While Rebecca is one of my all-time favourite novels, when it comes to resoundingly Cornish settings, for me, Jamaica Inn trumps it. Landscape looms large – there are black nights on cliff tops, moorland lost in fogs and bogs, the clamour of Launceston on market day, and it’s all contrasted with Mary Yellan’s nostalgia for the greener and more pleasant spot she left behind. It’s the kind of story for tucking up under the bedclothes with, and for which the phrase ‘rip-roaring yarn’ feels invented.

51aUMFT3eJL._AA160_Emylia has her own Cornish story, The Sea Between Us, coming out in August and it’s wonderful (I just finished it yesterday). She weaves her love of art, the sea and Cornwall onto the pages…

In a remote Cornish cove, on one of the last days of summer, Robyn Swinton is drowning. She is saved – just – by local boy Jago Winters, and it is a moment that will change both of them forever.

Over the next seven years, Robyn and Jago’s paths lead them in different directions, to city streets and foreign shores. Will the bond forged that day Jago dragged Robyn in from the sea be strong enough to bring them back to one another, or has life already pulled them too far apart?


You can find Emylia on twitter @EmyliaHall


Please pop by tomorrow to find out Amanda James’s top three books set in Cornwall…


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Published on May 02, 2015 21:50 • 3 views

May 1, 2015

To celebrate the paperback release of A Cornish Stranger on the 23rd of April and Under A Cornish Sky of the 7th of May I’ve asked several of my favourite authors to share their top three Cornish reads.

Here’s what Christina had to say…

Apart from your own lovely books, my top three stories set in Cornwall are:-

Frenchman’s Creek by Daphne du Maurier – I know, predictable, but such a wonderful story (apart from the ending which I would have liked to be different)!

Mistress of Mellyn by Victoria Holt – used to love her novels, read every one and they’re all wonderfully Gothic and romantic. In this, her first one, the setting was as important as the characters themselves and I think this was when I first fell in love with Cornwall.

The Memory Garden by Rachel Hore – a wonderful time slip featuring a beautiful garden!

51UvSaXBFdL._AA160_My latest book isn’t set in Cornwall, alas, but the next best thing – Devon. The Soft Whisper of Dreams is a contemporary romance with some paranormal and suspense/thriller elements. The heroine, Maddie, finds out she’s adopted and an old nightmare comes back to haunt her. When she visits friends in Devon to recover from the shock, she meets dangerously handsome Alex, has a disturbing encounter with a gypsy fortune teller and, terrifyingly, her bad dreams seem to be coming true …

You can find out more about Christina’s books on her website: or on

FB: or on twitter:


Please pop back tomorrow to see Emylia Hall’s top choices…

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Published on May 01, 2015 22:19 • 1 view

April 30, 2015

To celebrate the paperback release of A Cornish Stranger on the 23rd of April and Under A Cornish Sky of the 7th of May I’ve asked several of my favourite authors to share their top three Cornish reads.

Here’s what Janet Had to say…

Apart from your books, Liz – I will say….

Daphne Du Maurier, one of my favourite authors, wrote many books set in Cornwall. Rebecca is top of my list, but there was also Jamaica Inn and, well, too many to list.

Victoria Holt wrote fabulous books set in great gothic mansions, usually on the cliffs of Cornwall. Penmarric is one that leaps immediately to mind. It had me wanting to visit Cornwall before I had even come to the U.K.

Susanna Kersley also writes a wonderful mix of historical and timeslip – her novel The Rose Garden is set on Cornwall. I loved it. It was haunting and beautiful.

5116BjSGaSL._AA160_My latest book is The Wild One. Just as you have Cornwall as your particular setting –I have Australia. This book is the second in the Coorah Creek series, set in a small outback town.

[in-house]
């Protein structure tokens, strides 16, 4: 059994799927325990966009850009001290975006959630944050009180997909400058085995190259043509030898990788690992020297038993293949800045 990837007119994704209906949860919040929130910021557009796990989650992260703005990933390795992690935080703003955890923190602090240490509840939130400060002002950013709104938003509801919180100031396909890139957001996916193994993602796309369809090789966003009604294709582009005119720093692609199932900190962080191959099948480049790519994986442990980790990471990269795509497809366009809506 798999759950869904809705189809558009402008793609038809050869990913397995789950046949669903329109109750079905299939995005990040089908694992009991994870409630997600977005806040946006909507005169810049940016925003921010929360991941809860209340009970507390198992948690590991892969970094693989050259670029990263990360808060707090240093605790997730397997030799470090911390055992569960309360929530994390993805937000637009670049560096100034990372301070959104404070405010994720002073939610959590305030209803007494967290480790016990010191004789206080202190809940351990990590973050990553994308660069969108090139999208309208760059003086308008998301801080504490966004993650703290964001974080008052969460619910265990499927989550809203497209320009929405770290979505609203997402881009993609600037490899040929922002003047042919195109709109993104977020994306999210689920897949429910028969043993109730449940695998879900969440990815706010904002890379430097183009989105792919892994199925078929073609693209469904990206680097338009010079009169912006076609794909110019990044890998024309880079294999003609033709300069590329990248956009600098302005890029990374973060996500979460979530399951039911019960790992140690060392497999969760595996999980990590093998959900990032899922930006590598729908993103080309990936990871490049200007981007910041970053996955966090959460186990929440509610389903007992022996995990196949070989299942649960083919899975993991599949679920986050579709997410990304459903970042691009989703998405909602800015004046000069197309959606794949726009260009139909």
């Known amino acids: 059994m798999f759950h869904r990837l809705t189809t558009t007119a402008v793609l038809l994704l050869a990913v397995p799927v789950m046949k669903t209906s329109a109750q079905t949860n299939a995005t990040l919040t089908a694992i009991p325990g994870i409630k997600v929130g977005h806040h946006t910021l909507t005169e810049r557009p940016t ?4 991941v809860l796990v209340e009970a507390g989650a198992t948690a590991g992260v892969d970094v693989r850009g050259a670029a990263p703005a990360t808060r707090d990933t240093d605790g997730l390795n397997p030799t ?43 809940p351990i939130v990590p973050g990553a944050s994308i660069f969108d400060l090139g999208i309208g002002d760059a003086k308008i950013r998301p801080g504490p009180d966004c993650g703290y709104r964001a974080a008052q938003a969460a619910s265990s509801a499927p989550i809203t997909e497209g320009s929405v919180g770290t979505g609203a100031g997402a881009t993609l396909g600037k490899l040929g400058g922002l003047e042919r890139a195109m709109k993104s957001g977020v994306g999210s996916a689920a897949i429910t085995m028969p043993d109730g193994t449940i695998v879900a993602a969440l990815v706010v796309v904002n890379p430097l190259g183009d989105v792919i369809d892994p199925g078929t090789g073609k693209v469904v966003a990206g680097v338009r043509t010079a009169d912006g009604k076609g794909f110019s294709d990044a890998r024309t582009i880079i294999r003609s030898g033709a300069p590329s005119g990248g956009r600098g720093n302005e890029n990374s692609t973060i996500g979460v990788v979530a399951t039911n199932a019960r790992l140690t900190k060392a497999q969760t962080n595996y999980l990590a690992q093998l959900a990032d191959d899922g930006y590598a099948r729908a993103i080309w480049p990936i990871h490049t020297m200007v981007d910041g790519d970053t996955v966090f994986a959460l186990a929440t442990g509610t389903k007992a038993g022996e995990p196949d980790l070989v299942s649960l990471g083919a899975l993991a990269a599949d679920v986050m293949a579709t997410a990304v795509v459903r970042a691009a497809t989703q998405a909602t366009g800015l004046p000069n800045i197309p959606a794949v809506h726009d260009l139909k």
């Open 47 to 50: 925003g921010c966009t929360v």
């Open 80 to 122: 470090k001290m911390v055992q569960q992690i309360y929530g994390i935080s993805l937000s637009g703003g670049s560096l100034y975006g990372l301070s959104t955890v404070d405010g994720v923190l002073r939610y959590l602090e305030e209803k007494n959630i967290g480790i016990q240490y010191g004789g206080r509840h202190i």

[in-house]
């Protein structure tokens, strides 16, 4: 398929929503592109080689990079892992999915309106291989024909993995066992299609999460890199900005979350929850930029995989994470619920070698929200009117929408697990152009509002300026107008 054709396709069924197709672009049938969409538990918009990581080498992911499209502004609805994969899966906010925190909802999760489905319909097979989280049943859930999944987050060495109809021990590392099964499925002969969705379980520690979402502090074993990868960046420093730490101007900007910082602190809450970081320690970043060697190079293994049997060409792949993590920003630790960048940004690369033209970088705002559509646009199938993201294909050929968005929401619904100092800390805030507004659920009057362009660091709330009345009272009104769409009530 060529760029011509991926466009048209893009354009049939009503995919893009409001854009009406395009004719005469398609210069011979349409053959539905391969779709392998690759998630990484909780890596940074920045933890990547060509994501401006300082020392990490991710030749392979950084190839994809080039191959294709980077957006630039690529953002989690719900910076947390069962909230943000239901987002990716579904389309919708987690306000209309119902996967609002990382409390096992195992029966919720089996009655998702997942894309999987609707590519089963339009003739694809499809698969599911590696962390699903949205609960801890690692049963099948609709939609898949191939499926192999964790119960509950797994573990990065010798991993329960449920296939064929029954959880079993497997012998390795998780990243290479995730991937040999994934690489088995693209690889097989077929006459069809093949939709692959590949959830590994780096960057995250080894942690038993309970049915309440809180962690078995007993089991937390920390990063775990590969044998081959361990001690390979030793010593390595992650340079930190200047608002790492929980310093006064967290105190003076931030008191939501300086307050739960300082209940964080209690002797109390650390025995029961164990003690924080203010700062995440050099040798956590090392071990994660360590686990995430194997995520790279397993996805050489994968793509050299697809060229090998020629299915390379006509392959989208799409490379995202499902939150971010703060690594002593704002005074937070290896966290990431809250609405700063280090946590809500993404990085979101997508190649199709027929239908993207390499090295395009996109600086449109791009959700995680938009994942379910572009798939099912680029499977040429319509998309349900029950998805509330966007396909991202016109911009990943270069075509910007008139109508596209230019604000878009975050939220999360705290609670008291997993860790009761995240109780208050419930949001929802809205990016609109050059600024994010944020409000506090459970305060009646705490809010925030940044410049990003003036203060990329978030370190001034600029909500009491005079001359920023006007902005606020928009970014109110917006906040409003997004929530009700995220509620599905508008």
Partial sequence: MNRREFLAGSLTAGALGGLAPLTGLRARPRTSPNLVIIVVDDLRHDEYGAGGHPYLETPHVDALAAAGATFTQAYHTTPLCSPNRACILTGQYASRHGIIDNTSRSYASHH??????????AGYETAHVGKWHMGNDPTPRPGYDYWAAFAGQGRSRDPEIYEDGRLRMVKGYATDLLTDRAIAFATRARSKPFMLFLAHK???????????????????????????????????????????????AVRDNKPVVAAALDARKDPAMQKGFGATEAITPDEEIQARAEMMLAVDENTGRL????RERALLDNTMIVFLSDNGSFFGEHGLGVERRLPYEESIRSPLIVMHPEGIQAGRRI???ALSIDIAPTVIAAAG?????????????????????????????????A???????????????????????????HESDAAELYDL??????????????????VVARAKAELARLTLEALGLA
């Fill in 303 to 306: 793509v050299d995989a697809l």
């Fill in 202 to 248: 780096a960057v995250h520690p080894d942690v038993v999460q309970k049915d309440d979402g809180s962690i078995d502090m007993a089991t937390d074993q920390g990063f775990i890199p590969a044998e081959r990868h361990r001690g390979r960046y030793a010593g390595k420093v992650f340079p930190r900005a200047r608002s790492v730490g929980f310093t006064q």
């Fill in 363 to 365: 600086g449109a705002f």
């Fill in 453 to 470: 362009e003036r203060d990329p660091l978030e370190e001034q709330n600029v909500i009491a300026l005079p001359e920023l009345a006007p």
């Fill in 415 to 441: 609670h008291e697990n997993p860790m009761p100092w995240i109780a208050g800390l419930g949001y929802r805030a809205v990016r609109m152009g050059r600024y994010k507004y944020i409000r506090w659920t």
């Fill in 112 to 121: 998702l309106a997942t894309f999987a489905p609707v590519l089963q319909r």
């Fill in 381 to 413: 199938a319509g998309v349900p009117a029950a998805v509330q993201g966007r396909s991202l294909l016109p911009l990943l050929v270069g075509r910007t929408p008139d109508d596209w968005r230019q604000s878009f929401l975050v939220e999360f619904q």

Please come back tomorrow to see Christina Courtenay’s top three books set in Cornwall….

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Published on April 30, 2015 21:09 • 1 view

April 29, 2015

To celebrate the paperback release of A Cornish Stranger on the 23rd of April and Under A Cornish Sky of the 7th of May I’ve asked several of my favourite authors to share their top three Cornish reads.

I had a little chat with Julia and here’s what she said…

‘My favourite Cornish books have to be : ‘Rebecca,’ Patrick Gale’s ‘Rough Music’, and ‘The Shell Seekers.’ I interviewed Rosemund Pilcher years ago, and she was a darling.’


51Iadd0f9kL._AA160_-2Julia’s latest book is ‘Jasmine Nights’

JASMINE NIGHTS is a tale of decadence and destruction, of love and of danger. It is the captivating love story set in an extraordinary world.


Please pop by tomorrow to see Janet Gover’s top three books set in Cornwall…

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Published on April 29, 2015 22:49 • 3 views

April 28, 2015

To celebrate the paperback release of A Cornish Stranger on the 23rd of April and Under A Cornish Sky of the 7th of May I’ve asked several of my favourite authors to share their top three Cornish reads.

Here’s what Dinah had to say…

‘I tend not to have favourite books as such, as I have such a butterfly memory. But the three books set in Cornwall that come to mind, apart from your own that is, are Rosamund Pilcher’s The Shell Seekers, Mary Wesley’s The Camomile Law and Daphne du Maurier’s Rebecca. All of them elicit the same response and that’s the longing to be there. There are others and I did enjoy the original Poldark books all those years ago. I’d say Rebecca is my absolute favourite, because of its mystery and darkness.


While in my memory, Cornwall is a place of blue skies, blue seas and wonderful coves, it does have a dark history too: the wrecking, the mine closures and so on. And what I love most about Cornwall are the cliffs, the wild seas, and the stormy skies, even though they can be bleak and overwhelming. I love to sense the way Cornwall must have been in the past, stuck right there at the end of the world: ‘Here be dragons’. And, for me, Daphne du Maurier captures some of those qualities and the darkness in Cornwall’s history in Rebecca and Jamaica Inn.’


51n3sltEVKL._AA160_Dinah’s latest book is The Separation

A country at war with itself,

a family divided and betrayed,

a bond that can never be broken…


You can find out more about Dinah and her work at


Please stop by tomorrow and discover Julia Gregson’s top three…

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Published on April 28, 2015 21:25 • 5 views